Our previous blog posts on copper roof look-alikes ("Copper Looking Metal Roofing - Is there a Good Fake?" and "Metal Roofs that Look like Copper Roofs (But Aren't!)") have proven to be quite popular, so we decided to elaborate on the topic once again.
The question of the hour is, can you fake the look of a real copper roof with another material? I certainly understand why we often receive requests for a metal roof that "looks like copper" but costs considerably less. Considering that a real copper roof can cost as much as $10 to $15 a square foot (compared to finished steel roofs that can cost as litle as $1 a square foot), it makes perfect sense that a faux copper roof would have some appeal.
And since there is a veritable rainbow of colors that can justifiably be called the color of copper, our follow-up question usually involves the shade of copper a potential customer is envisioning. Take a look at these pictures of the government buildings with copper roofs (not our roofs, unfortunately!) and you'll quickly get the idea that copper installed on a roof takes on a rather broad range of colors - from the shiny "copper penny" look of a new installation, to browns and grays and blues and greens and all the variants in between. These variants can even occur on the same roof at the same time!
So, with that in mind, is there a good fake? Kind of. There are a big variety of finished (ie. "painted") metals (mostly steel or aluminum) that have colors which attempt to replicate various stages of the ageing of copper on a roof. With names such as "weathered copper," "antique patina," "dark bronze" and the like, we often get asked for samples of these colors as the labels conjure up some of the cache of a real copper roof.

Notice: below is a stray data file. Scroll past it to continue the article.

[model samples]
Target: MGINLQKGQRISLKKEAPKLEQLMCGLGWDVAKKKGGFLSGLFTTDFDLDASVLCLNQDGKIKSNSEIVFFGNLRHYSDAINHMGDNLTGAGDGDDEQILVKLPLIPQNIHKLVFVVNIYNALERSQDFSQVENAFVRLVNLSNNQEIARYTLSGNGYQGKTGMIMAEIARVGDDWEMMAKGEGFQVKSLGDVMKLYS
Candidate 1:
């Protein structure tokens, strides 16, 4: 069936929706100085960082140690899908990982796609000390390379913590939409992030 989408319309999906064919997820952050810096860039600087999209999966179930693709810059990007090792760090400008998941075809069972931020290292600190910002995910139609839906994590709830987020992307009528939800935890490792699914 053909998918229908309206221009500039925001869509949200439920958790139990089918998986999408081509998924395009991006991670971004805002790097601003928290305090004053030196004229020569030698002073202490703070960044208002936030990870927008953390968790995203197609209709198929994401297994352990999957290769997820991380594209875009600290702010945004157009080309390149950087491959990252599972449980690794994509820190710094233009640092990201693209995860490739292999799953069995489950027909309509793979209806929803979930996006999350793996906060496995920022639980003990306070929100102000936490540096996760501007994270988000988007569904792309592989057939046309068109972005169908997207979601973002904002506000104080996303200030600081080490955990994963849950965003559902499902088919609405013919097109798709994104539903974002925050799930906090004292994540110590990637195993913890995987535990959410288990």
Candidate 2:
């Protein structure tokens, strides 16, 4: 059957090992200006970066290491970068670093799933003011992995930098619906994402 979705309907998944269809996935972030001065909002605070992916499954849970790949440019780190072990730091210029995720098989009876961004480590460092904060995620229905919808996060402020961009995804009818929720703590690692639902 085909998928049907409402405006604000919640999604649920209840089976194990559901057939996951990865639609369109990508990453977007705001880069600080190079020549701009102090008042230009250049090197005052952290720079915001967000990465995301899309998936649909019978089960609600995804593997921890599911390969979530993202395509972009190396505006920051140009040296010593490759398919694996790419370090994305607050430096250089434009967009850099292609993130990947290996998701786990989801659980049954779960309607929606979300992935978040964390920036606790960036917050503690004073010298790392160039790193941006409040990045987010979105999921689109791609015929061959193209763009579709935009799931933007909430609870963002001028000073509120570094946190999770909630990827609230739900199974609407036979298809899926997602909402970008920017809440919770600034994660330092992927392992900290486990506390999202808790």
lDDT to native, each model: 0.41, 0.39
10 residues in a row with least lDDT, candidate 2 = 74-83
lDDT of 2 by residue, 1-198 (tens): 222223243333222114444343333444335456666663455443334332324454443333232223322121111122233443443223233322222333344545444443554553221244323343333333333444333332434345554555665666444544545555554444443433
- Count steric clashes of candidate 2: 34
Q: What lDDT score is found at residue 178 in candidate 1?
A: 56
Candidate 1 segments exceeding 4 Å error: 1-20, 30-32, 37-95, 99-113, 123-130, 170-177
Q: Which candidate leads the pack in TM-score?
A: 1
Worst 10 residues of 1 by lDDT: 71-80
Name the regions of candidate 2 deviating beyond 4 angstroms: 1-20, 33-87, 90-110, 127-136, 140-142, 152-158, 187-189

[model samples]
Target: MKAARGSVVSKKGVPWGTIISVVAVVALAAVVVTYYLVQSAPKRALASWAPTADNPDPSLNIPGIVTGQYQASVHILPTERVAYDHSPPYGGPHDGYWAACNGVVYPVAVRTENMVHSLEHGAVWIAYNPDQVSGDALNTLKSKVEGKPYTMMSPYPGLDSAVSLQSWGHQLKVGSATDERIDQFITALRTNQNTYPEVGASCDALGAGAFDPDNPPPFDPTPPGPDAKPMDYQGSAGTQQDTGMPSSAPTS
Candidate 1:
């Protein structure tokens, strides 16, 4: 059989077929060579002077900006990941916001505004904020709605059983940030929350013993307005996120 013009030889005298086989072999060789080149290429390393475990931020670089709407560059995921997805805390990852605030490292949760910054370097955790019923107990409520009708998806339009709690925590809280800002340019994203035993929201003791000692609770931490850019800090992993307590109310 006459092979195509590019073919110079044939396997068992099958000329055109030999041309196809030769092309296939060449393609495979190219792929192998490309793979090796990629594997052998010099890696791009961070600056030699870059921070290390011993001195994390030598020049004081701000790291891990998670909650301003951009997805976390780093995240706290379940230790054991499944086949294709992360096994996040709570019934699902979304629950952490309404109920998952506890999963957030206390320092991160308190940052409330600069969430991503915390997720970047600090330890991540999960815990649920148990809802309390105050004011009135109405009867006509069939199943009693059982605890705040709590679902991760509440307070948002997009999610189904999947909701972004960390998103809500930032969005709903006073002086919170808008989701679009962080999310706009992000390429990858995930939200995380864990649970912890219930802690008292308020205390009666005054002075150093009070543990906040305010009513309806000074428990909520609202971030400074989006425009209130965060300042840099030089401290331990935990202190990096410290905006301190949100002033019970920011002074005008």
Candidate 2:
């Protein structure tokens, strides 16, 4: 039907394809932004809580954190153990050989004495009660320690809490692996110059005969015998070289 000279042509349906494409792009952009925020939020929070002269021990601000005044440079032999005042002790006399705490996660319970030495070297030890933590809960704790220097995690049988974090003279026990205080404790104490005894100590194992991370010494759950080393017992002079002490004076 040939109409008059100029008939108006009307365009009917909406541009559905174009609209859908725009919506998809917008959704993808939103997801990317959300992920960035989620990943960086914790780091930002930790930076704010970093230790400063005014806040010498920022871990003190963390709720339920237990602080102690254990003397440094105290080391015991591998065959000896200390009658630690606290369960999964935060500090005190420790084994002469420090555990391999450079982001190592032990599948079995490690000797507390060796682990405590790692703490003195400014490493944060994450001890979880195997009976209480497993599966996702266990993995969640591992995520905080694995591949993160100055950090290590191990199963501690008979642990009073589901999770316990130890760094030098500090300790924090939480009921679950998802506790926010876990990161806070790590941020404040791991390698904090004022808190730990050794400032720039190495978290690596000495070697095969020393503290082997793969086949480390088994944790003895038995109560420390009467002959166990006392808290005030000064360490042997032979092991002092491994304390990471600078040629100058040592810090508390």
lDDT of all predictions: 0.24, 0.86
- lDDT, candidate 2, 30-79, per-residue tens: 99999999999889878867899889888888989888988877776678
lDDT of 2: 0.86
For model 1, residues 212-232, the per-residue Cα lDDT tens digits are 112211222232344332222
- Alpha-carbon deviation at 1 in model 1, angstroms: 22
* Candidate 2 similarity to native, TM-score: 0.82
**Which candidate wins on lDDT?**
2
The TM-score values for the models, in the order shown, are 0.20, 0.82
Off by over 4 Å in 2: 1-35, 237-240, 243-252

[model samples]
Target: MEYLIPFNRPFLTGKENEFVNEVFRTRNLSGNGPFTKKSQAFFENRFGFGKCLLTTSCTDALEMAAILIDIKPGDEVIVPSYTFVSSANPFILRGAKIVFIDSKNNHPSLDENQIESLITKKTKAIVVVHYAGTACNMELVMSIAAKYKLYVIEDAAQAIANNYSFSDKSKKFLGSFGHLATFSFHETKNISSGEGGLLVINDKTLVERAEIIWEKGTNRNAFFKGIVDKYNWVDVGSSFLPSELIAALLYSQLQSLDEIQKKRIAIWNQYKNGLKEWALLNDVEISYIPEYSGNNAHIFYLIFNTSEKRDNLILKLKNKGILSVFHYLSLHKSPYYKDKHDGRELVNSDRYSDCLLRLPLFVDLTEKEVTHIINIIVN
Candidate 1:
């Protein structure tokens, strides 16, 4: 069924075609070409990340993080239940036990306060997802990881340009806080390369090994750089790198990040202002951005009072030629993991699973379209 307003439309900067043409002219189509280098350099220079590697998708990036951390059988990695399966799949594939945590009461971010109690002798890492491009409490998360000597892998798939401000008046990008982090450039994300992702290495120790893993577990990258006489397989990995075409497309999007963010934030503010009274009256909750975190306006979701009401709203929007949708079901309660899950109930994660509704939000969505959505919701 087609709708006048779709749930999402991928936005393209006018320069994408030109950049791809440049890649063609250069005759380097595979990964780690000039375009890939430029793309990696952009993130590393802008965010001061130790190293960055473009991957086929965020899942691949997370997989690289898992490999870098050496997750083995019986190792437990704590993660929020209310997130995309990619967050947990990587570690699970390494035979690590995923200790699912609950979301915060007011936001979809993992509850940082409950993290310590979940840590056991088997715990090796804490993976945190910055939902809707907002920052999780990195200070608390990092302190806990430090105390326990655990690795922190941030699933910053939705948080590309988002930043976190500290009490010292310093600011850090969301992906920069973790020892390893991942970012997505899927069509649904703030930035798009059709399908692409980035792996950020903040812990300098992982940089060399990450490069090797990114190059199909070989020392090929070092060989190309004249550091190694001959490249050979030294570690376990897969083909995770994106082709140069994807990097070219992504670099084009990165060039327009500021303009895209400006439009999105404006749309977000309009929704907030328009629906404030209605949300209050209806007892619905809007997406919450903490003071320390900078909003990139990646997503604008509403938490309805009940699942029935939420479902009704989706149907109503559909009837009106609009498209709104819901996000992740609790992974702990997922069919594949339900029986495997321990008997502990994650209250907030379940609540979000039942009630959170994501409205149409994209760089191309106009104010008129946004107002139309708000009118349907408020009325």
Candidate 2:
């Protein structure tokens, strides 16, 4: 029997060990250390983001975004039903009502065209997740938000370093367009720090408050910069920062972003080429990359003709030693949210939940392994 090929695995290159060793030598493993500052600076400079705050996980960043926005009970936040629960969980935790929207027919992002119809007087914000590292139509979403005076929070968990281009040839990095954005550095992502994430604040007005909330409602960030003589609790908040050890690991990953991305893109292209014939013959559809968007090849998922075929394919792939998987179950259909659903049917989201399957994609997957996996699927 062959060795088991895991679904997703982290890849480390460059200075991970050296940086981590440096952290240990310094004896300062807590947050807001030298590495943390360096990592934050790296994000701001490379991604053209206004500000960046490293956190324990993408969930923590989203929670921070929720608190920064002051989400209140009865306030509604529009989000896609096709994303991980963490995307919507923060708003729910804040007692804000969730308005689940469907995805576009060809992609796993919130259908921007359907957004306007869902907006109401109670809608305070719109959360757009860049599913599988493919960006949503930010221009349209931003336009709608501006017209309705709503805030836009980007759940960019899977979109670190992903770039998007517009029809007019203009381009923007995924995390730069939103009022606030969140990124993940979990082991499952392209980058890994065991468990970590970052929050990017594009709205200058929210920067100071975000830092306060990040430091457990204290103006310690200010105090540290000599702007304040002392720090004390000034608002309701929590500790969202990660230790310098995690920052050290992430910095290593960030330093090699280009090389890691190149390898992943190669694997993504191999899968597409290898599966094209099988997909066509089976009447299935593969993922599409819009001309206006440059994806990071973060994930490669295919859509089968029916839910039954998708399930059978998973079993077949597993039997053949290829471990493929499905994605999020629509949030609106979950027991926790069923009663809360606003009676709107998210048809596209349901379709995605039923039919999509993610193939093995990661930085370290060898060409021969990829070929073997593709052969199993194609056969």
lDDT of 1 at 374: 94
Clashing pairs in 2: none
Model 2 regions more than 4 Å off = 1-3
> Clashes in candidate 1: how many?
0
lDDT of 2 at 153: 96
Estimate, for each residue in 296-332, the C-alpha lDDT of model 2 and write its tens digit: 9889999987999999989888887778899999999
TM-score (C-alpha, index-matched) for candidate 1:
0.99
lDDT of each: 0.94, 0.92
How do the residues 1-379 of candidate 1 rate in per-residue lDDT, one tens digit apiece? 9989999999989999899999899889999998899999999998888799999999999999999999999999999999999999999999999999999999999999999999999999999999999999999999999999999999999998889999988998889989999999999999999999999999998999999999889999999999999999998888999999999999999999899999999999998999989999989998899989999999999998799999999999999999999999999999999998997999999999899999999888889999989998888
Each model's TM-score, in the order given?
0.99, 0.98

It's quite amazing how often the receiver of these samples is disappointed by what they see. Their imagination of what can be done to replicate copper is often far more creative than any finish that can be produced on a mass-production paint line. The single way just about anyone can identify a real copper roof is precisely due to the streaking, multiple colors, and unevenness of the finish. Unfortunately, anything made on a production line will be characterized by the opposite: a consistent uniformity. Even though the color may be a dead ringer for any given square foot of a solid copper roof, when it's evenly distributed over the entire area of an actual roof, the uniformity is a sure giveaway that it's just not the real thing.
Regardless of your budget, we'd love the chance to suggest the most appropriate metal roof for your project - copper if the budget allows, or even just the best of the "fakes." Either way, you'll get a roof that will last many, many generations. Just don't think that a fake of anything will fool anyone looking closely!
Check out some of our helpful freebies on copper and metal roofing on our Resources page - our FREE copper roofing fact sheet, comprehensive re-roofing booklet, comparison sheets for metal vs. shingles and metal vs. concrete. Or just get to it with our free estimates!